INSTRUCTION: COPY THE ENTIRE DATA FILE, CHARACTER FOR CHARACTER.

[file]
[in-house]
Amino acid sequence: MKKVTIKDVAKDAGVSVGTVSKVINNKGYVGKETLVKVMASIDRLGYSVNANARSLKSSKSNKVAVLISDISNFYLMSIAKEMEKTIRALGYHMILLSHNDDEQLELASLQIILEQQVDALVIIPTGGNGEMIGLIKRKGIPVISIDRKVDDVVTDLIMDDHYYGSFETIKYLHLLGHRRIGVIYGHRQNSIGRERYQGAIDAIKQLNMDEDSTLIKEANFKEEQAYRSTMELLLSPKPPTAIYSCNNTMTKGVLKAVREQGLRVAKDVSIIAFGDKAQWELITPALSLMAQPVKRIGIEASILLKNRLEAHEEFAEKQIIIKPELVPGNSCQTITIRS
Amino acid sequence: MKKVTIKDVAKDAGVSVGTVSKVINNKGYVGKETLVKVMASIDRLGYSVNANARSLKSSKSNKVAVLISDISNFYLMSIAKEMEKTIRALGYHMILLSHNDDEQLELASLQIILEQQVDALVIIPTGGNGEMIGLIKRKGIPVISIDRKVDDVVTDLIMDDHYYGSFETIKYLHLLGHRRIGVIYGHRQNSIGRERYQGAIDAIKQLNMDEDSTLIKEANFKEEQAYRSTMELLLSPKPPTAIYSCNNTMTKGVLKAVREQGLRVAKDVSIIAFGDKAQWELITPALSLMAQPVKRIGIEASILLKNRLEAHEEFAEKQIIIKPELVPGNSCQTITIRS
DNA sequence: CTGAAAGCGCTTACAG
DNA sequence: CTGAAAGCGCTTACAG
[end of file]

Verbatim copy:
[in-house]
Amino acid sequence: MKKVTIKDVAKDAGVSVGTVSKVINNKGYVGKETLVKVMASIDRLGYSVNANARSLKSSKSNKVAVLISDISNFYLMSIAKEMEKTIRALGYHMILLSHNDDEQLELASLQIILEQQVDALVIIPTGGNGEMIGLIKRKGIPVISIDRKVDDVVTDLIMDDHYYGSFETIKYLHLLGHRRIGVIYGHRQNSIGRERYQGAIDAIKQLNMDEDSTLIKEANFKEEQAYRSTMELLLSPKPPTAIYSCNNTMTKGVLKAVREQGLRVAKDVSIIAFGDKAQWELITPALSLMAQPVKRIGIEASILLKNRLEAHEEFAEKQIIIKPELVPGNSCQTITIRS
Amino acid sequence: MKKVTIKDVAKDAGVSVGTVSKVINNKGYVGKETLVKVMASIDRLGYSVNANARSLKSSKSNKVAVLISDISNFYLMSIAKEMEKTIRALGYHMILLSHNDDEQLELASLQIILEQQVDALVIIPTGGNGEMIGLIKRKGIPVISIDRKVDDVVTDLIMDDHYYGSFETIKYLHLLGHRRIGVIYGHRQNSIGRERYQGAIDAIKQLNMDEDSTLIKEANFKEEQAYRSTMELLLSPKPPTAIYSCNNTMTKGVLKAVREQGLRVAKDVSIIAFGDKAQWELITPALSLMAQPVKRIGIEASILLKNRLEAHEEFAEKQIIIKPELVPGNSCQTITIRS
DNA sequence: CTGAAAGCGCTTACAG
DNA sequence: CTGAAAGCGCTTACAG